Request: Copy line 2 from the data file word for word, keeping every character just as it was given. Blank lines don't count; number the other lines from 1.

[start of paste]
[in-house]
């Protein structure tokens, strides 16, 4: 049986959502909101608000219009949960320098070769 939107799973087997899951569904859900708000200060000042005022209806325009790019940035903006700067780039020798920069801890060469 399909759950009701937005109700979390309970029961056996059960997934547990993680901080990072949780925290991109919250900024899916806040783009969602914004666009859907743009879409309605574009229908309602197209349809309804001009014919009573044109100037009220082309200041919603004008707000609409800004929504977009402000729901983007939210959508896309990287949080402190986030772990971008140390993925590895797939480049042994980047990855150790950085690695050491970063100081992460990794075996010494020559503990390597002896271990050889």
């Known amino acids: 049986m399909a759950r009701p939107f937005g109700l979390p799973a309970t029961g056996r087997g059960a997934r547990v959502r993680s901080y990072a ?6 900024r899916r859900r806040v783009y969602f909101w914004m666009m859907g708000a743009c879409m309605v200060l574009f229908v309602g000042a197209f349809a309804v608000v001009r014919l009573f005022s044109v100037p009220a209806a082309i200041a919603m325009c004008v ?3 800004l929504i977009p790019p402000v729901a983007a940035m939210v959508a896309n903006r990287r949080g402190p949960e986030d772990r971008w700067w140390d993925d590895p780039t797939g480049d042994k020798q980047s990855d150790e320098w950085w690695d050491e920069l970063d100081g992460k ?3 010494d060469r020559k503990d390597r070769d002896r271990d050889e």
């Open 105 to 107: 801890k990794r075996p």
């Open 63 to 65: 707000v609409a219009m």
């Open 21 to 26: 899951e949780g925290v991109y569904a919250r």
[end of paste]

């Protein structure tokens, strides 16, 4: 049986959502909101608000219009949960320098070769 939107799973087997899951569904859900708000200060000042005022209806325009790019940035903006700067780039020798920069801890060469 399909759950009701937005109700979390309970029961056996059960997934547990993680901080990072949780925290991109919250900024899916806040783009969602914004666009859907743009879409309605574009229908309602197209349809309804001009014919009573044109100037009220082309200041919603004008707000609409800004929504977009402000729901983007939210959508896309990287949080402190986030772990971008140390993925590895797939480049042994980047990855150790950085690695050491970063100081992460990794075996010494020559503990390597002896271990050889």